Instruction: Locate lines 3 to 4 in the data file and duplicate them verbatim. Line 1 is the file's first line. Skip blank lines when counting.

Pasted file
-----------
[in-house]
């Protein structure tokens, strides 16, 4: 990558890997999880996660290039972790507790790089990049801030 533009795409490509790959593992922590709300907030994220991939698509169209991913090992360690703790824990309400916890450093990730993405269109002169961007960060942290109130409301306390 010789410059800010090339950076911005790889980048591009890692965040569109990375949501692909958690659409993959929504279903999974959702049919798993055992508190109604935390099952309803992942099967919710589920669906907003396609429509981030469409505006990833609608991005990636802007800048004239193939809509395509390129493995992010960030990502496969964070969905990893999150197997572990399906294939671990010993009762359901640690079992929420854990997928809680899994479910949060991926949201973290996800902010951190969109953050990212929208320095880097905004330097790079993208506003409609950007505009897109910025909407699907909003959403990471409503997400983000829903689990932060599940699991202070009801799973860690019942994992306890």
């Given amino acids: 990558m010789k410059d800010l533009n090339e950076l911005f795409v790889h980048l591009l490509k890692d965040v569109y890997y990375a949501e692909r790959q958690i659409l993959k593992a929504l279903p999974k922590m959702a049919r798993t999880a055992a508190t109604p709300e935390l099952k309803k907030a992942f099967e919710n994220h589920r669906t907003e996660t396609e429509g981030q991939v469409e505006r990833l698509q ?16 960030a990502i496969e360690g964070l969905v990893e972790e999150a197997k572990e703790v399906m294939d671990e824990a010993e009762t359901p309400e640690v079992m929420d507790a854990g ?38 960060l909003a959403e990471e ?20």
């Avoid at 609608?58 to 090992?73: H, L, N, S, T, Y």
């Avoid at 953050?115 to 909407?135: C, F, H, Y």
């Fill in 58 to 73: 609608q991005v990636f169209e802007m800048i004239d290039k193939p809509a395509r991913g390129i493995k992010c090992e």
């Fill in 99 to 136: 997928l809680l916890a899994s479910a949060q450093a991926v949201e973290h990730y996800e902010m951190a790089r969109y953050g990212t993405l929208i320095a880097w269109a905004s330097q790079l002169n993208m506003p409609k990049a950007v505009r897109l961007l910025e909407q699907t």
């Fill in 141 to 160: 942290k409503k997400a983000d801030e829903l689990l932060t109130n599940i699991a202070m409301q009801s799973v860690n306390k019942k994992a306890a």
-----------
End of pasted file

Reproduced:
């Given amino acids: 990558m010789k410059d800010l533009n090339e950076l911005f795409v790889h980048l591009l490509k890692d965040v569109y890997y990375a949501e692909r790959q958690i659409l993959k593992a929504l279903p999974k922590m959702a049919r798993t999880a055992a508190t109604p709300e935390l099952k309803k907030a992942f099967e919710n994220h589920r669906t907003e996660t396609e429509g981030q991939v469409e505006r990833l698509q ?16 960030a990502i496969e360690g964070l969905v990893e972790e999150a197997k572990e703790v399906m294939d671990e824990a010993e009762t359901p309400e640690v079992m929420d507790a854990g ?38 960060l909003a959403e990471e ?20």
């Avoid at 609608?58 to 090992?73: H, L, N, S, T, Y």